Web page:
Pennsylvania lawmakers are considering changes to the Commonwealth’s policies on occupational licensing—which currently forbid ex-offenders from obtaining certain licenses—to prevent boards and commissions from automatically denying licenses based on criminal histories.
The Keystone State joins a growing number of jurisdictions reforming their criminal justice systems to reduce recidivism and make them fairer. Reform of state regulations that erect barriers to employment is an important part of this effort.
Occupations Highly Regulated
An estimated one in three American adults have a criminal record. In Pennsylvania, approximately 4 to 5 percent of the state’s adult residents had a felony conviction as of 2010. Access to steady employment is necessary to reduce recidivism, but Pennsylvania, like many states, has made it exceedingly difficult for ex-felons to reenter the workforce.
One in five professions in Pennsylvania requires an occupational license. In the Commonwealth, “29 professional boards and commissions regulate 255 licensure types,” amounting to more than one million licensees, according to a review ordered by Gov. Tom Wolf. Of these state regulatory bodies, “13 of 29 boards have provisions … that impose a mandatory 10-year licensure ban for persons who have been convicted of a felony under Pennsylvania’s Controlled Substance, Drug, Device and Cosmetic Act,” the review states.
S.B. 637, a bipartisan bill introduced by Sens. John DiSanto (R-Dauphin) and Judy Schwank (D-Berks), would reform Pennsylvania’s occupational laws by barring boards and commissions from automatically denying licenses to those with criminal records.
The legislation would also require boards and commissions to adopt consistent, universal standards and would bar the use of “moral character to make determinations of whether to grant or renew, deny, suspend, revoke or otherwise discipline a license, certificate, registration or permit.” In addition, ex-offenders will have licenses withheld only if their criminal “convictions are directly related to said occupation after individualized reviews.”
“On average, each state has 56 occupational licensing and 43 business licensing laws that ban applications from felony convictions,” states a report from the Alliance for a Just Society, commissioned by Wolf. The report found that, in comparison to other states in the region, “Pennsylvania is an outlier in applying an automatic criminal history licensure ban. … [T]he majority only authorize consideration of criminal history under certain circumstances, such as where the crime was related to the occupation being licensed.”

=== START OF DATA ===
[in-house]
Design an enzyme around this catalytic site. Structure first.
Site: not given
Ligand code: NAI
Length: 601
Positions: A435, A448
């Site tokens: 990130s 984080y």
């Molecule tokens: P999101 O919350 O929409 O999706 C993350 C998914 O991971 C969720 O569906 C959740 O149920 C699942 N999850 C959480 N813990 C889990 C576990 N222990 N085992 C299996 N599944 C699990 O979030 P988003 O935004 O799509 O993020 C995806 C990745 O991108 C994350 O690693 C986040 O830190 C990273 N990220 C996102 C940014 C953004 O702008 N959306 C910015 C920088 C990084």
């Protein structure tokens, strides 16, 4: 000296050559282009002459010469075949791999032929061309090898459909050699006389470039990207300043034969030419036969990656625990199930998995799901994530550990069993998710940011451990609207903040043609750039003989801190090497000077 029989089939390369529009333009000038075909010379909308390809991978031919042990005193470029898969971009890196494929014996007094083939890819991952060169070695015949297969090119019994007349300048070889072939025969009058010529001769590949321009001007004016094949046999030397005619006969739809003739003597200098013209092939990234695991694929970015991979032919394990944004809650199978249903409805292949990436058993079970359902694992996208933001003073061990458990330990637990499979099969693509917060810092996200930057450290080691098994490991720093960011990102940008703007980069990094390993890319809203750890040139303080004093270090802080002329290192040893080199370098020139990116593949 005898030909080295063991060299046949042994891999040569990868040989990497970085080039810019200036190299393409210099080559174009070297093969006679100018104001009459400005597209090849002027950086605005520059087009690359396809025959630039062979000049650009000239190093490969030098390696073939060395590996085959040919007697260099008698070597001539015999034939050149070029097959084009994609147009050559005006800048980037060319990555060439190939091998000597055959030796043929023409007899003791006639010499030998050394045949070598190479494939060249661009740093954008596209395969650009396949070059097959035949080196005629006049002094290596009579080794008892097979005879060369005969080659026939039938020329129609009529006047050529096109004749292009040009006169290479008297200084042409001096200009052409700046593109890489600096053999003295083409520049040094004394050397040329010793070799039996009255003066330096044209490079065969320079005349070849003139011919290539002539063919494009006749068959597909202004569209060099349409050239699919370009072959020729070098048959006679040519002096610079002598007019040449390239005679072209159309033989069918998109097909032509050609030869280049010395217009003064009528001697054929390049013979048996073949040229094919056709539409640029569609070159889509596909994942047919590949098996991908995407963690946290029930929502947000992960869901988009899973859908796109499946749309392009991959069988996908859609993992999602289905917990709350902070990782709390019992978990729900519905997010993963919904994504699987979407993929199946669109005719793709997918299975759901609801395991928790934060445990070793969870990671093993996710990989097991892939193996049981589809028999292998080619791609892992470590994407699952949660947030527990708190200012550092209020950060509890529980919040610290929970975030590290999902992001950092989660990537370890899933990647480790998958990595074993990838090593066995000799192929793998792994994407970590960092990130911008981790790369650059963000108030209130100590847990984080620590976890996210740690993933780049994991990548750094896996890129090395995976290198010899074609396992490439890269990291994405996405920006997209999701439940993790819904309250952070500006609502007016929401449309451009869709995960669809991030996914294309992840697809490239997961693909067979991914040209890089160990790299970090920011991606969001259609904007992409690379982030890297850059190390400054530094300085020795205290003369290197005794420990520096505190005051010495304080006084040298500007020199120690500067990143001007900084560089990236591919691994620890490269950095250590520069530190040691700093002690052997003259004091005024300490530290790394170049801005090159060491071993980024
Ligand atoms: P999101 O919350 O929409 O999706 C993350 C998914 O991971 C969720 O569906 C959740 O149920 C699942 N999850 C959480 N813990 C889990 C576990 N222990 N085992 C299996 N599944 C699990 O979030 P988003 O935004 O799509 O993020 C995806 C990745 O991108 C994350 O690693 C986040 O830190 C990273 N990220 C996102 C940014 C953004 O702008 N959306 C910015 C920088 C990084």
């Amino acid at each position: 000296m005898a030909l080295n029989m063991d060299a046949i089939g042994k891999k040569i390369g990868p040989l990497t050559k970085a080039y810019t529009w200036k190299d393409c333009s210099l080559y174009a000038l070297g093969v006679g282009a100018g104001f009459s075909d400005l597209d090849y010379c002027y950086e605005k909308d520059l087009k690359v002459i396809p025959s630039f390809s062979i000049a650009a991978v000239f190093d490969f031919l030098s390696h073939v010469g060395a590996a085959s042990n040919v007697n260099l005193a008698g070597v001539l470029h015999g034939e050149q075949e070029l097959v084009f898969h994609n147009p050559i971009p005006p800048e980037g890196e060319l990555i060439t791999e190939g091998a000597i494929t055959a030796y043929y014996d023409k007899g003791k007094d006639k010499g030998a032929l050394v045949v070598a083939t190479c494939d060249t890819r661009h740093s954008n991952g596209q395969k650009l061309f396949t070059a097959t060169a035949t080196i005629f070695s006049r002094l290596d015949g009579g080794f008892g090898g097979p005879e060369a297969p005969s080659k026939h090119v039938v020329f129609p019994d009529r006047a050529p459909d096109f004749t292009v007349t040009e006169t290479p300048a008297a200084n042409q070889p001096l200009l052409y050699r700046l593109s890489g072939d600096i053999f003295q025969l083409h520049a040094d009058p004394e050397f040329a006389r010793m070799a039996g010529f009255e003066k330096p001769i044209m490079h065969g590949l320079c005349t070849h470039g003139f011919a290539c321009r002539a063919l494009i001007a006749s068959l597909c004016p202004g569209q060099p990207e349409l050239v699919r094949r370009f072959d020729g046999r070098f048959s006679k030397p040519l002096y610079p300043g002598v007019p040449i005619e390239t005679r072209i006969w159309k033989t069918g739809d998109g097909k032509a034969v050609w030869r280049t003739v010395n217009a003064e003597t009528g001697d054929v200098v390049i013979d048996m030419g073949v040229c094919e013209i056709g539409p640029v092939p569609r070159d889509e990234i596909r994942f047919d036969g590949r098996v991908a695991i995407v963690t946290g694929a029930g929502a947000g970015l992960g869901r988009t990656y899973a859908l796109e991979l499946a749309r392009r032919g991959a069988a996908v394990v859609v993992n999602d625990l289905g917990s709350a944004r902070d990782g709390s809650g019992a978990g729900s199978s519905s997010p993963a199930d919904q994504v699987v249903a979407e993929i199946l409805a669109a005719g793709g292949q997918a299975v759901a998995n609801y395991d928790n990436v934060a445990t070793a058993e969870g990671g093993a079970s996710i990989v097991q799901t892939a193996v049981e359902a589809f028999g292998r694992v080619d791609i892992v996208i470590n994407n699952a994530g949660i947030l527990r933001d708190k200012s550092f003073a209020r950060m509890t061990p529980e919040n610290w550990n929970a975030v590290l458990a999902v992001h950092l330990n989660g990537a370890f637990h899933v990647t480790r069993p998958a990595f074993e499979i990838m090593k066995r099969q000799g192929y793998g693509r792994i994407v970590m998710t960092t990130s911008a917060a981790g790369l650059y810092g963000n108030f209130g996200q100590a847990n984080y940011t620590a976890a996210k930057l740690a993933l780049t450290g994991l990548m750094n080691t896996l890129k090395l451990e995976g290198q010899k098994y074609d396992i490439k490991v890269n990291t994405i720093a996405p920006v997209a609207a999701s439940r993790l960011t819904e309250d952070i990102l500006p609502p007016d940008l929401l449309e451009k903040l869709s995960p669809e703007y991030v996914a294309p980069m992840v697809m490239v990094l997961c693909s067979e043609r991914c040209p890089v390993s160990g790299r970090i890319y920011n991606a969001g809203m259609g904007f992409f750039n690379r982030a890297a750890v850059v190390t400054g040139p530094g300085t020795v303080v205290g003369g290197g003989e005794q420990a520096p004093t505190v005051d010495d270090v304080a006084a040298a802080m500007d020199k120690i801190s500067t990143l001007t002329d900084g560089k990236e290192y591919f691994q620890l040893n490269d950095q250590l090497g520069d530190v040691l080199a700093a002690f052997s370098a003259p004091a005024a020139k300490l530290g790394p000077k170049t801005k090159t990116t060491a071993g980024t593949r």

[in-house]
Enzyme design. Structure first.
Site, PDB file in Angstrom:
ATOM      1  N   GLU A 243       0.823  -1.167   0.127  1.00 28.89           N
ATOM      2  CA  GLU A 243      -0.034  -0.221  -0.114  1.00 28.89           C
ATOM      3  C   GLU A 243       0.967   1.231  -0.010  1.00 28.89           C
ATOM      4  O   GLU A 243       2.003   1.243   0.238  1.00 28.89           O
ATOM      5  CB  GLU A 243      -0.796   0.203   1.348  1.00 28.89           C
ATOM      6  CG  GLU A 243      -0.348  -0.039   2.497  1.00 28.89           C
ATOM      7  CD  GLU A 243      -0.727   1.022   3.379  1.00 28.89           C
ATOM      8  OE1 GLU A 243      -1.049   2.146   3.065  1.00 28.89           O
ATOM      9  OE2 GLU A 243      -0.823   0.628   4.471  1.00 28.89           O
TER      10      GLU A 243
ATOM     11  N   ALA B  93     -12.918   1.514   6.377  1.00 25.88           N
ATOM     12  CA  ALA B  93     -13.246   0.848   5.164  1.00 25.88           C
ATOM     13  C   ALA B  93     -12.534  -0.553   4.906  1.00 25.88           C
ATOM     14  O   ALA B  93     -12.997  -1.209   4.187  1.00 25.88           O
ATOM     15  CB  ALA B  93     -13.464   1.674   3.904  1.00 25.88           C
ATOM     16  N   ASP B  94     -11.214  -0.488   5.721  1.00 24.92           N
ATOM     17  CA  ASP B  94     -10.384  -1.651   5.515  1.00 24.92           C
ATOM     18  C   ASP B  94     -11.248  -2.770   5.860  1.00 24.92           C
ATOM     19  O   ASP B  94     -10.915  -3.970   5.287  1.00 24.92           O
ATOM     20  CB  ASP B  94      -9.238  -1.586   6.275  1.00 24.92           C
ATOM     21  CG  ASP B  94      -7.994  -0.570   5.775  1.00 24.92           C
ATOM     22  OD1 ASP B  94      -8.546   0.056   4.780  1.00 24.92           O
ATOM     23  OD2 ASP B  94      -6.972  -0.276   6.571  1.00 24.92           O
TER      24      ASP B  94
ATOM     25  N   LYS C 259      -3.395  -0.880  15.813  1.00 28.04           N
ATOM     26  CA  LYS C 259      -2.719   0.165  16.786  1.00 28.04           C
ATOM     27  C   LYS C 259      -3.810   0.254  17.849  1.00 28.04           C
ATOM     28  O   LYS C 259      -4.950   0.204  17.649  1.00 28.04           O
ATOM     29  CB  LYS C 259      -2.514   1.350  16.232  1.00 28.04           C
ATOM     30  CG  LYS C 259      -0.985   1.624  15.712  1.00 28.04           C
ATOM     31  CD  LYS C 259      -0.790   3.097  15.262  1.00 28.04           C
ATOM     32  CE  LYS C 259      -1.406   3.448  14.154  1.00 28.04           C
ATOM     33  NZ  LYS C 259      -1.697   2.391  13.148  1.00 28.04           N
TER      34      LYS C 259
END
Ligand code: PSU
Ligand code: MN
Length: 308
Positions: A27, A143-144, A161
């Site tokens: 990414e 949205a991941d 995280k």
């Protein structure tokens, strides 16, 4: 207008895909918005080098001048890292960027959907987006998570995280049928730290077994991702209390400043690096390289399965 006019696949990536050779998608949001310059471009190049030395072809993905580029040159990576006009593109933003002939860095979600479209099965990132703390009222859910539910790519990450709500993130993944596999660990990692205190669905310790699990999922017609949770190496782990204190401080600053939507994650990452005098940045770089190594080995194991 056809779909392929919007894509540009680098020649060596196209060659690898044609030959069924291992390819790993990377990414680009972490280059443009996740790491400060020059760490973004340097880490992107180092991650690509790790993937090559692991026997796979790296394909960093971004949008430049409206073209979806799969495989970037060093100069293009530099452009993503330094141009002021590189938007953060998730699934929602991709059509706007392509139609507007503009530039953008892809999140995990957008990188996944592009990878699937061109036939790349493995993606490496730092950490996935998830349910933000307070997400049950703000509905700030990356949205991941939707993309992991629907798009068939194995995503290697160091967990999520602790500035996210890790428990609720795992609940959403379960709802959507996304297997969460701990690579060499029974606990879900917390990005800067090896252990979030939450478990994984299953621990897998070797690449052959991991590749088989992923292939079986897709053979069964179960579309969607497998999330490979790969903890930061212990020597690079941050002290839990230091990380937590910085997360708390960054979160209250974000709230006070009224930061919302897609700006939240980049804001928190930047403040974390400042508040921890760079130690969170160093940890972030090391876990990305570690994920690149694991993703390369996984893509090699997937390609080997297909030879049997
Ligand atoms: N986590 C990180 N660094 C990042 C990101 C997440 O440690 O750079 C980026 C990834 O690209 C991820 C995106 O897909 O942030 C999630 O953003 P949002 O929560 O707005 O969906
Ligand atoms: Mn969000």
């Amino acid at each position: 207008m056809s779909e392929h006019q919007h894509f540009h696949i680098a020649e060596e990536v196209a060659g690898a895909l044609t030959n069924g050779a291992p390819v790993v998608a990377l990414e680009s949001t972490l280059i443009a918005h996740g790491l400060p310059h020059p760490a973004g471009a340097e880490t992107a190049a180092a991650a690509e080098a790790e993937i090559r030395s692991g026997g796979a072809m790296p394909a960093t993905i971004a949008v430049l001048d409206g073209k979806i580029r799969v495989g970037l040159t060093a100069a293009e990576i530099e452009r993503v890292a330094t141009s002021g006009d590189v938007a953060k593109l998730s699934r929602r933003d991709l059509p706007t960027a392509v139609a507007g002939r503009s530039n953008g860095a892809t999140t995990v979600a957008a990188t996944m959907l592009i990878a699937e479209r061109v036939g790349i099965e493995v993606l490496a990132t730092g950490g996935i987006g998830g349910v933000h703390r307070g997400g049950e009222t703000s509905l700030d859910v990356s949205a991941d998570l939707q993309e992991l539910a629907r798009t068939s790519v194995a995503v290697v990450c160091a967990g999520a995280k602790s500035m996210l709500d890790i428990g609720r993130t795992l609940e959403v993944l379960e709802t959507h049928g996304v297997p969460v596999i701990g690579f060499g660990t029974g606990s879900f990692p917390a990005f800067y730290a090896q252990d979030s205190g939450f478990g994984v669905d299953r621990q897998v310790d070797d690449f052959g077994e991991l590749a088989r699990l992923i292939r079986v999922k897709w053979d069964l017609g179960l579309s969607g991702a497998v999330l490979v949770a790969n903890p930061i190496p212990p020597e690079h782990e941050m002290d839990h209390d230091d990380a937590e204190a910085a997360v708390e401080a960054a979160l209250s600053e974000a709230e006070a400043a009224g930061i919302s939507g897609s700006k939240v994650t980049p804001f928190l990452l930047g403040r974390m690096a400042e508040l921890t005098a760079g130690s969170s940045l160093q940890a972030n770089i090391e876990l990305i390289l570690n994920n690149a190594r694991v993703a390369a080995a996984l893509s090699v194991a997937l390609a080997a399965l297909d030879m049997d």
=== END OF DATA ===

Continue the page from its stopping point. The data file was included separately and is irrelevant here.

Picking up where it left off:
Like Pennsylvania, many states are enacting reforms to their occupational licensing programs. Delaware and Indiana recently reduced conviction barriers in their occupational licensing laws, and Michigan lawmakers are considering legislation that would “block licensing agencies from denying a license for past criminal offense, so long as it is not directly related to the field of work a license applicant is attempting to enter.”
Blanket bans on the issuance of licenses for those with criminal convictions unnecessarily single out ex-offenders and make it more difficult for these people to find work, leading to increased rates of recidivism. Scholars have found a direct correlation between occupational licensing burdens and recidivism.
A 2016 Policy Report from the Center for the Study of Economic Liberty at Arizona State University found “between 1997 and 2007 the states with the highest occupational licensing burdens saw an average increase in the three-year, new-crime recidivism rate of over 9%.” States with the lowest regulatory burdens “saw an average decline … of nearly 2.5%.”
Gainful employment is key in reducing recidivism. The Manhattan Institute notes ex-offenders who quickly found employment upon their release were 20 percent less likely to return to prison. A “5-year follow-up study of released offenders” in Indiana found “post-release employment was an effective buffer for reducing recidivism among ex-offenders.”
Calls for More Reforms
While characterizing reducing barriers for ex-offenders is a good start, lawmakers in Pennsylvania should further reform their burdensome occupational licensing laws, the legal-advocacy group Institute for Justice argues. Although “Pennsylvania’s licensing laws for lower-income occupations are some of the least burdensome in the nation,” the Commonwealth “frequently licenses occupations that are unlicensed by other states,” including auctioneers, taxidermists, and upholsterers, the organization stated in a 2017 study.
The regulations imposed on certain occupations are unnecessarily burdensome, given the risks they present to the public, the study states. This is notable when examining the educational requirements for barbers and cosmetologists, compared to those for emergency medical professionals.
In Pennsylvania, individuals seeking barber and cosmetology licenses must undergo a “training period of at least one thousand two hundred fifty (1250) hours and not less than nine months” under instruction of a licensed barber and/or cosmetologist, state law says.
Emergency medical personnel require significantly fewer training hours. Emergency medical responders must complete 48 to 52 hours of education; emergency medical technicians (EMT) must complete only 150 to 200 hours; and advanced EMTs must complete 150 to 250 hours of training. Paramedics are required to have at least 1,000 to 1,200 hours of education, or 50 hours fewer than what is required of a barber or cosmetologist.
Lindsey Stroud ([email protected]) is a state government relations manager at The Heartland Institute.
“Review of State Professional and Occupational Licensure Board Requirements and Processes,” Pennsylvania Department of State, June 11, 2018: https://heartland.org/publications-resources/publications/review-of-state-professional-and-occupational-licensure-board-requirements-and-processes